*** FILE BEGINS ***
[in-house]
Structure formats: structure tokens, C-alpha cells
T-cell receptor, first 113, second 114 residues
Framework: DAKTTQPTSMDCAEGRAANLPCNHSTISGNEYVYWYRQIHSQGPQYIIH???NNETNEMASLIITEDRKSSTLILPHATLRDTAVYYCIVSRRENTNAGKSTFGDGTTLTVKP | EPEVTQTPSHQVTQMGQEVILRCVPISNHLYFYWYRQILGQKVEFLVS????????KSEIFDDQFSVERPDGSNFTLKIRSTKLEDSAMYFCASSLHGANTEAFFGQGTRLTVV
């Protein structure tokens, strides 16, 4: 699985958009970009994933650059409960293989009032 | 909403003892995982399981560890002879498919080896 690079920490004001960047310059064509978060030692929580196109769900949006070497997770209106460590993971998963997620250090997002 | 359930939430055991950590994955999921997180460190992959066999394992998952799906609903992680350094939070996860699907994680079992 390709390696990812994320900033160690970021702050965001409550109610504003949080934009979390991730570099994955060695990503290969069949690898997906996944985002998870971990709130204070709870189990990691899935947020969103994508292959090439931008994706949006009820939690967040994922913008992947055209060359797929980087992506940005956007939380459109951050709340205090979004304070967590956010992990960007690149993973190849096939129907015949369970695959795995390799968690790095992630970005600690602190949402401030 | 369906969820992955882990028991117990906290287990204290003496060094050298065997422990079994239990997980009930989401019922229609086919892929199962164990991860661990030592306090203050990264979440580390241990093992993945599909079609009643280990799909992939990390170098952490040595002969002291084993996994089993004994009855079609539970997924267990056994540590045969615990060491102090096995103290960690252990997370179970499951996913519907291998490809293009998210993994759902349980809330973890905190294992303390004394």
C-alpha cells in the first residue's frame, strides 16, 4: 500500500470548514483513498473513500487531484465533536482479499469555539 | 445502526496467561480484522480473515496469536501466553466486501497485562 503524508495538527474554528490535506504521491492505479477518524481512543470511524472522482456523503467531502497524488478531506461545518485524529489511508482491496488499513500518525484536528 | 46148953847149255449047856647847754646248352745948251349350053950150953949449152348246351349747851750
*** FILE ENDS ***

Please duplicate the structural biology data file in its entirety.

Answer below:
[in-house]
Structure formats: structure tokens, C-alpha cells
T-cell receptor, first 113, second 114 residues
Framework: DAKTTQPTSMDCAEGRAANLPCNHSTISGNEYVYWYRQIHSQGPQYIIH???NNETNEMASLIITEDRKSSTLILPHATLRDTAVYYCIVSRRENTNAGKSTFGDGTTLTVKP | EPEVTQTPSHQVTQMGQEVILRCVPISNHLYFYWYRQILGQKVEFLVS????????KSEIFDDQFSVERPDGSNFTLKIRSTKLEDSAMYFCASSLHGANTEAFFGQGTRLTVV
């Protein structure tokens, strides 16, 4: 699985958009970009994933650059409960293989009032 | 909403003892995982399981560890002879498919080896 690079920490004001960047310059064509978060030692929580196109769900949006070497997770209106460590993971998963997620250090997002 | 359930939430055991950590994955999921997180460190992959066999394992998952799906609903992680350094939070996860699907994680079992 390709390696990812994320900033160690970021702050965001409550109610504003949080934009979390991730570099994955060695990503290969069949690898997906996944985002998870971990709130204070709870189990990691899935947020969103994508292959090439931008994706949006009820939690967040994922913008992947055209060359797929980087992506940005956007939380459109951050709340205090979004304070967590956010992990960007690149993973190849096939129907015949369970695959795995390799968690790095992630970005600690602190949402401030 | 369906969820992955882990028991117990906290287990204290003496060094050298065997422990079994239990997980009930989401019922229609086919892929199962164990991860661990030592306090203050990264979440580390241990093992993945599909079609009643280990799909992939990390170098952490040595002969002291084993996994089993004994009855079609539970997924267990056994540590045969615990060491102090096995103290960690252990997370179970499951996913519907291998490809293009998210993994759902349980809330973890905190294992303390004394």
C-alpha cells in the first residue's frame, strides 16, 4: 500500500470548514483513498473513500487531484465533536482479499469555539 | 445502526496467561480484522480473515496469536501466553466486501497485562 503524508495538527474554528490535506504521491492505479477518524481512543470511524472522482456523503467531502497524488478531506461545518485524529489511508482491496488499513500518525484536528 | 46148953847149255449047856647847754646248352745948251349350053950150953949449152348246351349747851750